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I find it hard to understand a part of a proof on torsion free abelian groups of rank 1. Let $A$ and $B$ be torsion free groups of rank 1 and of the same type. Let $a'$ and $b'$ arbitrary non zero elements from $A$ and $B$, respectively. Then the height of $a'$ and $b'$ $H(a')=(k_1,...,k_n,...)$ and $H(b')=(k'_1,...,k'_n,...)$ are equivalent. Let $n_1,...,n_s$ be those indices $n$ for which $k_n$ is different from $k'_n$ . Since $k_{n_i}$ and $k'_{n_i}$ are non negative integers, we can solve the equations $p_{n_1}^{k_{n_1}}... p_{n_s}^{k_{n_s}}x=a'$ and $p_{n_1}^{k'_{n_1}}... p_{n_s}^{k'_{n_s}}y=b'$ and denote their solutions by $a\in A$ and $b\in B$, respectively. Clearly $H(a)=H(b)$ since they are obtained from $H(a')$ and $H(b')$ by replacing the $k_n$ $(k'_n)$ of index $n_1,n_2,...,n_s$ by $0$. It follows that an equation $mx=ta$ $(t,m$ non zero integers) is solvable in $A$ if and only if the equation $my=tb$ admits a solution in $B$. Why is it true? I think it is related to the fact that in a torsion free abelian group of rank 1 two non zero elements are dependent but I think it is not enough. And why in torsion free groups may such equations have at most one solution? Someone can help me? Thanks

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Your nomenclature is a bit of a mess. Is $(k_n)_i$ supposed to be $k_{n_i}$? What is $((p_n)_1)$? Why the up-raised parentheses, ${}^{(}(k_n)_1$? – Arturo Magidin Jun 22 '11 at 18:03
yes the first you said is right and the second is the same of the first. In The third case they are powers of $(p_n)_i$ but I don't know how to write double index and I don't know the reason why the power doesn't work. I wrote all between $ .Can you help me? – stacy Jun 22 '11 at 18:18
@stacy: To write a double index, you must put it in curly brackets: k_{n_i} produces $k_{n_i}$. For exponents, likewise, use curly brackets, not parentheses. i.e., p_{n_i}^{k_{n_i}} to get $p_{n_i}^{k_{n_i}}$. It's curly brackets that are used for (invisible) grouping in $\LaTeX$, not parentheses. – Arturo Magidin Jun 22 '11 at 18:28
@stacy: Examine two subgroups of $\mathbb Q$ as $A$ and $B$. I think this is a theorem of Baer. – Babak S. Jun 22 '11 at 18:30
@Arturo: Thank you for your help. – stacy Jun 22 '11 at 19:07
up vote 7 down vote accepted

This is probably overkill, but anyway:

First, note that if $G$ is abelian and torsion free, then an equation of the form $nx = a$ with $n\gt 0$ has at most one solution. For if $g$ and $h$ are both solutions, then $ng = a = nh$, hence $0 = a-a = ng-nh = n(g-h)$, and since $n\gt 0$, that means that $g-h$ is a torsion element. But since $G$ is torsion free, this means $g-h = 0$, hence $g=h$. Thus, the equation has at most one solution.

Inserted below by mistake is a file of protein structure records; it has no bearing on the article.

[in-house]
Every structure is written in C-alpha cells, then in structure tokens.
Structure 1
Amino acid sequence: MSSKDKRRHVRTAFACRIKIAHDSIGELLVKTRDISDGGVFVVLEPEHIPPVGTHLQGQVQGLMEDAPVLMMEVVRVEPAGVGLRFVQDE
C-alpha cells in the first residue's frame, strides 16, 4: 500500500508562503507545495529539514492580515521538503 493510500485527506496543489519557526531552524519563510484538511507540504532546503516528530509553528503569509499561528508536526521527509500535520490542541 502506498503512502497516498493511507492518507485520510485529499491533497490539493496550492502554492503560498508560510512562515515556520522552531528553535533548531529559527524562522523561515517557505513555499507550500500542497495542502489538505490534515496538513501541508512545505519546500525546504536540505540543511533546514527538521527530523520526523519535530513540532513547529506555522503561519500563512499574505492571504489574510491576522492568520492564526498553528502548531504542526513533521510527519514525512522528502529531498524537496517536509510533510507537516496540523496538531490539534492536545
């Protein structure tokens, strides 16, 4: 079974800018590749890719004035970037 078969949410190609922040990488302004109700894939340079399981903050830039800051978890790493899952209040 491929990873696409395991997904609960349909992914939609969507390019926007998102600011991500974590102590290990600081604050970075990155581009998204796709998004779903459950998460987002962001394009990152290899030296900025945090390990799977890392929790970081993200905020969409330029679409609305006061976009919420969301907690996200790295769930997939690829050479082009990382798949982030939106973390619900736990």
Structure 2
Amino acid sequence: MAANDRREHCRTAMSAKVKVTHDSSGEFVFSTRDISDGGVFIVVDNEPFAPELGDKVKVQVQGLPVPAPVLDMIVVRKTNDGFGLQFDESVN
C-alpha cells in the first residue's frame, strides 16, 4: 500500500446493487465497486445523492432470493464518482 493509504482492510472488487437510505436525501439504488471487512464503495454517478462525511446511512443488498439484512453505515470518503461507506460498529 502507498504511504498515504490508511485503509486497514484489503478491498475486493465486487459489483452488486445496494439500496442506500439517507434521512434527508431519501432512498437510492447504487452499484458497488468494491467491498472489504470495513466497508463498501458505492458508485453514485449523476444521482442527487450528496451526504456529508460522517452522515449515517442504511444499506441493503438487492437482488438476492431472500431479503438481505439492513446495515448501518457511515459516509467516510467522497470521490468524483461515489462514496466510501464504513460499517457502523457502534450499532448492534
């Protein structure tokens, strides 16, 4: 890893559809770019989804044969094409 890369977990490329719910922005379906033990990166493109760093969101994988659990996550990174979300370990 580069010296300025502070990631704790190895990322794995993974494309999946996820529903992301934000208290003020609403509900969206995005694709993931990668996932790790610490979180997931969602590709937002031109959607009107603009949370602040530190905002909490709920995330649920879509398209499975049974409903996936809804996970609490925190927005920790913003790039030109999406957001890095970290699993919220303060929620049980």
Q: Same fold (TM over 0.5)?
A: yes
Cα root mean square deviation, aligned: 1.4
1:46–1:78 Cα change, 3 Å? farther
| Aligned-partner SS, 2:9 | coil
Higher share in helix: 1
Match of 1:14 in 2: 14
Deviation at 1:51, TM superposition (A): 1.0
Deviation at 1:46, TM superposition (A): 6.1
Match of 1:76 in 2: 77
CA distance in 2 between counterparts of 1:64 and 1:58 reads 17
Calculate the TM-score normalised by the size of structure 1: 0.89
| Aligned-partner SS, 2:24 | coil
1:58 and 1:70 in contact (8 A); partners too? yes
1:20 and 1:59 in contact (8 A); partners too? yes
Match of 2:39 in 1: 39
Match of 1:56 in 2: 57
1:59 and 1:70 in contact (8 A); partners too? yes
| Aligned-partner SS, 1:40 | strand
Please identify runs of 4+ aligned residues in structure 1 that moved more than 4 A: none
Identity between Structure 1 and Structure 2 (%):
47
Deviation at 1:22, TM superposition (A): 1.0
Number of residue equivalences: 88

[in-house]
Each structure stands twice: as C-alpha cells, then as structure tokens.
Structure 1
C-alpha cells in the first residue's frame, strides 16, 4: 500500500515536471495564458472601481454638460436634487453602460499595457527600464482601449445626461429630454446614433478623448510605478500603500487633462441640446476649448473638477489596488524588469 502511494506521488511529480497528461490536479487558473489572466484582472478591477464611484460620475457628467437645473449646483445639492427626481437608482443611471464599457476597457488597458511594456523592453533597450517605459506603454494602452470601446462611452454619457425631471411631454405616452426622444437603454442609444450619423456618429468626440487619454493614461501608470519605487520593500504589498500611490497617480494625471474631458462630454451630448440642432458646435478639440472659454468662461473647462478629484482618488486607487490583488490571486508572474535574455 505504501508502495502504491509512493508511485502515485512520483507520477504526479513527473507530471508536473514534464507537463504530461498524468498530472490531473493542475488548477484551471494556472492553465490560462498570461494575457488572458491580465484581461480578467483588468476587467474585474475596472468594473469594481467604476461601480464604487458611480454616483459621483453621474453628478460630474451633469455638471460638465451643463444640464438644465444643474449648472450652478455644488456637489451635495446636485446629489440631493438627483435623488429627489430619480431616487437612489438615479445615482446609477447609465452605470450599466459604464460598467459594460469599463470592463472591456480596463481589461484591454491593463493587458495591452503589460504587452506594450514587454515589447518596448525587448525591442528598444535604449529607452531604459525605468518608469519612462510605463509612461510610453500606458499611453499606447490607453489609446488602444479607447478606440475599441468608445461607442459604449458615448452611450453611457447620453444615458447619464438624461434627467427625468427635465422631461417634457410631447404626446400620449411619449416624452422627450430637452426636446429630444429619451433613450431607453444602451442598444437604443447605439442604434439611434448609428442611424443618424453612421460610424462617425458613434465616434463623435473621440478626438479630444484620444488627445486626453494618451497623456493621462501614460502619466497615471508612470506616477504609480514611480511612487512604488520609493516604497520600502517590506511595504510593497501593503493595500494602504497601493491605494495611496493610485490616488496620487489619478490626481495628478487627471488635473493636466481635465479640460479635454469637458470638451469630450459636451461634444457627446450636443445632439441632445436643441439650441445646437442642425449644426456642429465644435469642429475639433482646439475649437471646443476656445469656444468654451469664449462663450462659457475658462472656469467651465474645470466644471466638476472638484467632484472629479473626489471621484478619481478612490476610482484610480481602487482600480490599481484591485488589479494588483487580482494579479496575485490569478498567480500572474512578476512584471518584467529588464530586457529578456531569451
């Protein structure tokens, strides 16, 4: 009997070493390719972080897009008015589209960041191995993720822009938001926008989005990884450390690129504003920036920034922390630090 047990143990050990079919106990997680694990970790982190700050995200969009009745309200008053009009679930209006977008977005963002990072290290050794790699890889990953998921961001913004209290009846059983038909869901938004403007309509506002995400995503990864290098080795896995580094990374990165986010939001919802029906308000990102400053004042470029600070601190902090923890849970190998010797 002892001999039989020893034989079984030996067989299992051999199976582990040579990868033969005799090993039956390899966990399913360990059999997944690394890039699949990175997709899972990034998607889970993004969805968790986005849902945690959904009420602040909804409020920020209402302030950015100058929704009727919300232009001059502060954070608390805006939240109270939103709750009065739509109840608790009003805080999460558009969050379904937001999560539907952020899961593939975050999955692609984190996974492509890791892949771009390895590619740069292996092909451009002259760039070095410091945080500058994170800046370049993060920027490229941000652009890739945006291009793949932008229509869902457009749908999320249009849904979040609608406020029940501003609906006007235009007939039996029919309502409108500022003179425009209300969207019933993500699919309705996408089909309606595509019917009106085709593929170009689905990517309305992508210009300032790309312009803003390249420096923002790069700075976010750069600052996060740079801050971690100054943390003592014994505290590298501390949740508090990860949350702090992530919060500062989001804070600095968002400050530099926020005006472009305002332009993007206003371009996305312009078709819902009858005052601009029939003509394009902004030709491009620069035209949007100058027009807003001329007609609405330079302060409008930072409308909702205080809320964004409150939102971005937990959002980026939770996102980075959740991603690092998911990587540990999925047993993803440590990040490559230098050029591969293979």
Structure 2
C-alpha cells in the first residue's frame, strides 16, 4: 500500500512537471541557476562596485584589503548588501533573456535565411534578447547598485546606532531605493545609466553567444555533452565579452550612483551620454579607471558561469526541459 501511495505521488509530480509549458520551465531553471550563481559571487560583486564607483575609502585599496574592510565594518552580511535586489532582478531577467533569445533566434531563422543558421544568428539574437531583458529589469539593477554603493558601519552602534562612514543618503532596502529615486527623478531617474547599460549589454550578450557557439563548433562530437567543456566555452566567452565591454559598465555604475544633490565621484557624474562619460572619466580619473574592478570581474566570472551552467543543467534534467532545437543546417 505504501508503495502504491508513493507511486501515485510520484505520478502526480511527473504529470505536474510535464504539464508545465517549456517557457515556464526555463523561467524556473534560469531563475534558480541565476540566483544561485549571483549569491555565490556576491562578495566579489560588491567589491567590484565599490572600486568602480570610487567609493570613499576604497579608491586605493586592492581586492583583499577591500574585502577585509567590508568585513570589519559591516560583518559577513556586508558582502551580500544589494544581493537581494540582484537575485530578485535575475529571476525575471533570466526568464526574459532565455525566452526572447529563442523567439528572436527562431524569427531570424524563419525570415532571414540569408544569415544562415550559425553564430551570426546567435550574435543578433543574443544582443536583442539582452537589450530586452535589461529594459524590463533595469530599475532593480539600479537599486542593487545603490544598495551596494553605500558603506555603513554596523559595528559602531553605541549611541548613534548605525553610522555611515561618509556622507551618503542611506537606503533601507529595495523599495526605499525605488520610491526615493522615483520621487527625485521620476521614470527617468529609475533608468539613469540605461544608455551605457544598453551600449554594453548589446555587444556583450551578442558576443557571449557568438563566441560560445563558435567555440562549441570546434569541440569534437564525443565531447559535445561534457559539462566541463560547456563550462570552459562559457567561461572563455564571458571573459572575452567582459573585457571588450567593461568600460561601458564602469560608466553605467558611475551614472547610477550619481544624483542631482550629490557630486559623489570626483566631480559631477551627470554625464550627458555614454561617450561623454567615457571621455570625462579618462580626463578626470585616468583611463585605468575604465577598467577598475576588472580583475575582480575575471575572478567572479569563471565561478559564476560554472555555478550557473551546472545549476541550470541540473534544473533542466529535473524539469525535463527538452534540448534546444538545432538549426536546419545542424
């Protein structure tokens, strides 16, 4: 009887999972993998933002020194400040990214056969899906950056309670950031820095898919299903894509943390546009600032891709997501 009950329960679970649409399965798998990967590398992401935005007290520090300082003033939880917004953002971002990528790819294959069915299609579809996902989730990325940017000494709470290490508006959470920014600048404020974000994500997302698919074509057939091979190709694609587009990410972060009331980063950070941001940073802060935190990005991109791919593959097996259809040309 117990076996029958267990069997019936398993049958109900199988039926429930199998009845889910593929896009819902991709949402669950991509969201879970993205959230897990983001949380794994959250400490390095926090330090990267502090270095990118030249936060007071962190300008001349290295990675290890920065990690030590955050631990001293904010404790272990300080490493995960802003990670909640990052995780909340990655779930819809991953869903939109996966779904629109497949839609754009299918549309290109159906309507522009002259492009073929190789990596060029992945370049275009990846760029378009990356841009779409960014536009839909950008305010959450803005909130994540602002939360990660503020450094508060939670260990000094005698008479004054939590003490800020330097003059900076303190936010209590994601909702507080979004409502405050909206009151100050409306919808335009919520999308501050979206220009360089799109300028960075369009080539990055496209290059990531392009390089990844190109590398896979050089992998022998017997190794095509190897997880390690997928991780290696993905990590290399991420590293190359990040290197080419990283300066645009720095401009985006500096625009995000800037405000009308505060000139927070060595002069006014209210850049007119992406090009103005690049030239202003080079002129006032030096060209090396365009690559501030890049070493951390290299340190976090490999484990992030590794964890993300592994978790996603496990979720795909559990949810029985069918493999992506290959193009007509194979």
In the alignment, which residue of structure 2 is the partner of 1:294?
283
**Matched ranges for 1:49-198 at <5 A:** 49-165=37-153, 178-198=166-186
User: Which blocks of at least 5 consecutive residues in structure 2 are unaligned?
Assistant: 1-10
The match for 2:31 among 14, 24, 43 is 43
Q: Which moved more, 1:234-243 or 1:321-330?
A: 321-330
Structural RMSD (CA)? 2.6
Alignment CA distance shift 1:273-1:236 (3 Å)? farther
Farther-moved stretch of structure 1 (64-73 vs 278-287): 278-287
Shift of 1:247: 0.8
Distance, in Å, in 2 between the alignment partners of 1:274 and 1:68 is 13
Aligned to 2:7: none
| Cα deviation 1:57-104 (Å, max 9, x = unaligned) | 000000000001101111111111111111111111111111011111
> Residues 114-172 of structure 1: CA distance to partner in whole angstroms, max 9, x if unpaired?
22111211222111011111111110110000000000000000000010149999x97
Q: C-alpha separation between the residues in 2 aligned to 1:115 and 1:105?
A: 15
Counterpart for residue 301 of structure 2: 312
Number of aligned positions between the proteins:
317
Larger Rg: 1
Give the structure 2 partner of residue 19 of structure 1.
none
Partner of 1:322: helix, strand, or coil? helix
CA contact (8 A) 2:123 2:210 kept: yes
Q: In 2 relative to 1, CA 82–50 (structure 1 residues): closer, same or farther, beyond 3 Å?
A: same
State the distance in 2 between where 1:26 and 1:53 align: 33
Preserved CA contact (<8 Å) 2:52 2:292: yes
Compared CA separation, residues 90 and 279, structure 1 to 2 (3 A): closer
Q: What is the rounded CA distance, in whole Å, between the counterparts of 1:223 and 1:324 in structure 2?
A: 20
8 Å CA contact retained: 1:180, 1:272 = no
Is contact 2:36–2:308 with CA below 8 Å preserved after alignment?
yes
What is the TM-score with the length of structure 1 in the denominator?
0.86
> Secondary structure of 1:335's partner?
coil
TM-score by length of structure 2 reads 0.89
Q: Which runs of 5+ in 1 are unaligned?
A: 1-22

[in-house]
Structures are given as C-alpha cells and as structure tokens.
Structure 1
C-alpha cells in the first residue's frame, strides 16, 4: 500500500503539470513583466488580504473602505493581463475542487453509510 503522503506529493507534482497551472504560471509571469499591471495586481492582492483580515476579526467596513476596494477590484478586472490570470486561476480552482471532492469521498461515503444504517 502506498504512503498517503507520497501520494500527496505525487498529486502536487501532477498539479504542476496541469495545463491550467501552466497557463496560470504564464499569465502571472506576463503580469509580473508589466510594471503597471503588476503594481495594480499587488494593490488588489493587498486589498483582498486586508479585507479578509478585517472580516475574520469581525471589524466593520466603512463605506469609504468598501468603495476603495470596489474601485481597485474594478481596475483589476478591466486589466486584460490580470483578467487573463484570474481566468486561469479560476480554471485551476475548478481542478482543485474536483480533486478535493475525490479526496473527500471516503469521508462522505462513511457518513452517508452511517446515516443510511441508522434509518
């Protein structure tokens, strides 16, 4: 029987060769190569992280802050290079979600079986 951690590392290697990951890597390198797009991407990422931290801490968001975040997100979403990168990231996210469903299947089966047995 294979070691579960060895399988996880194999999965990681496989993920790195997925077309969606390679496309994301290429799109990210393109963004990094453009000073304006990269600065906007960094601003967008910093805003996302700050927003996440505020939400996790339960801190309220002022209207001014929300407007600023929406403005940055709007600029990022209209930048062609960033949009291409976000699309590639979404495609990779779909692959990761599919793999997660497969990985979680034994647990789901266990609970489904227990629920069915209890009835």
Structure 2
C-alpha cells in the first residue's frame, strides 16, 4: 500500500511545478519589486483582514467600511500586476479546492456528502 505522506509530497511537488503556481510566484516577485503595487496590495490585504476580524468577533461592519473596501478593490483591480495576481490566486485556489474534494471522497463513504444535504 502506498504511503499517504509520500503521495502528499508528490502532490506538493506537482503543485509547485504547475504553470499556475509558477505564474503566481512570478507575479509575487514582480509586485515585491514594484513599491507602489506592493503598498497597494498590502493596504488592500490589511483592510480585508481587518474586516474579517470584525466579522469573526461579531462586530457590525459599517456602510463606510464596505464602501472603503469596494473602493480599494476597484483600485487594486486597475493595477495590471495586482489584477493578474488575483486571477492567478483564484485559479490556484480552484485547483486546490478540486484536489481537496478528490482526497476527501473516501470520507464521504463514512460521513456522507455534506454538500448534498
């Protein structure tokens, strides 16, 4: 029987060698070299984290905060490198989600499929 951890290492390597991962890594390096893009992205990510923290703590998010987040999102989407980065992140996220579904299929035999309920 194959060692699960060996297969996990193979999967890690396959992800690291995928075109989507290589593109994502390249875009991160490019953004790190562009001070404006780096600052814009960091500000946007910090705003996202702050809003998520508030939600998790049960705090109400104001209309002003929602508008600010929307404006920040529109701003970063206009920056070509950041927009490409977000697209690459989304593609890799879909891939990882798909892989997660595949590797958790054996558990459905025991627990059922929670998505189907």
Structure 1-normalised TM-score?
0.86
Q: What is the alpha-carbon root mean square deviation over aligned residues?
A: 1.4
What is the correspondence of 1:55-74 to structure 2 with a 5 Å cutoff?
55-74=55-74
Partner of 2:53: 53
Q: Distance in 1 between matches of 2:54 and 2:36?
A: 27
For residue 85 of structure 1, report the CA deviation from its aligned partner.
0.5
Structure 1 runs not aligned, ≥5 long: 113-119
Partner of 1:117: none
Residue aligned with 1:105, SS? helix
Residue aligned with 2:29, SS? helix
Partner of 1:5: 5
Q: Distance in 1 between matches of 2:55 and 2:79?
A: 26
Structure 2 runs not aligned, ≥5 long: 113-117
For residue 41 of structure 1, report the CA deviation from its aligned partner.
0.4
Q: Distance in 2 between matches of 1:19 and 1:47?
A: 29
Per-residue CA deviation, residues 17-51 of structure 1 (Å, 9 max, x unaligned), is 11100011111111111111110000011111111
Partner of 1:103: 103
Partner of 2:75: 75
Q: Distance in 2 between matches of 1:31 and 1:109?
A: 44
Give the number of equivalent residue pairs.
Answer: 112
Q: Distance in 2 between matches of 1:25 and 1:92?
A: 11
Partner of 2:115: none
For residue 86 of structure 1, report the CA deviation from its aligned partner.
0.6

Now, for the rest and to give context... To recall the definitions:

Theorem. If $G$ is a torsion free abelian group, then any two maximal independent sets in $G$ have the same cardinality. If a maximal independent subset of $G$ has $r$ elements, then $G$ is an additive subgroup of an $r$-dimensional vector space over $\mathbb{Q}$.

Proof. We can embedd $G$ into a divisible group; then moding out by the torsion of the divisible group, we obtain an embedding of $G$ into a torsion-free divisible group $D$, which has a natural structure of a $\mathbb{Q}$-vector space (since $nx=y$ has a unique solution for any $n\gt 0$). Now let $X$ be a maximal independent subset of $G$. Then the subspace generated by $X$, viewing $X$ as a subset of the $\mathbb{Q}$-vector space $D$, contains $G$ (since for any $g\in G$ there exists $n\in \mathbb{Z}$, $n\neq 0$, such that $ng$ is in the subgroup generated by $X$); so $G$ can be embedded in a vector space of dimension $|X|$). But that means that $X$ is a basis for the subspace generated by $G$, so the cardinality of $X$ is completely determined by $G$. QED

The rank of a torsion-free abelian group $G$ is the number of elements in a maximal independent subset.

If $G$ is a torsion-free abelian group, $x\in G$, and $p$ is a prime, then the $p$-height of $x$, $h_p(x)$, is the highest power of $p$ "dividing $x$ in $G$"; that is, the largest $n$ such that $p^ng = x$ has a solution in $G$; if the equation is solvable for all $n$, then $h_p(x) = \infty$.

If $x\neq 0$ is an element of a torsion-free group $G$, then the height sequence of $x$ is the sequence $$h(x) = (h_2(x), h_3(x), h_5(x),\ldots,h_p(x),\ldots).$$

A characteristic is a sequence of nonnegative integers and the symbol $\infty$. Two characteristics are equivalent if and only if they have $\infty$ in the same coordinates and they differ in at most a finite number of other coordinates. An equivalence class of characteristics is called a type.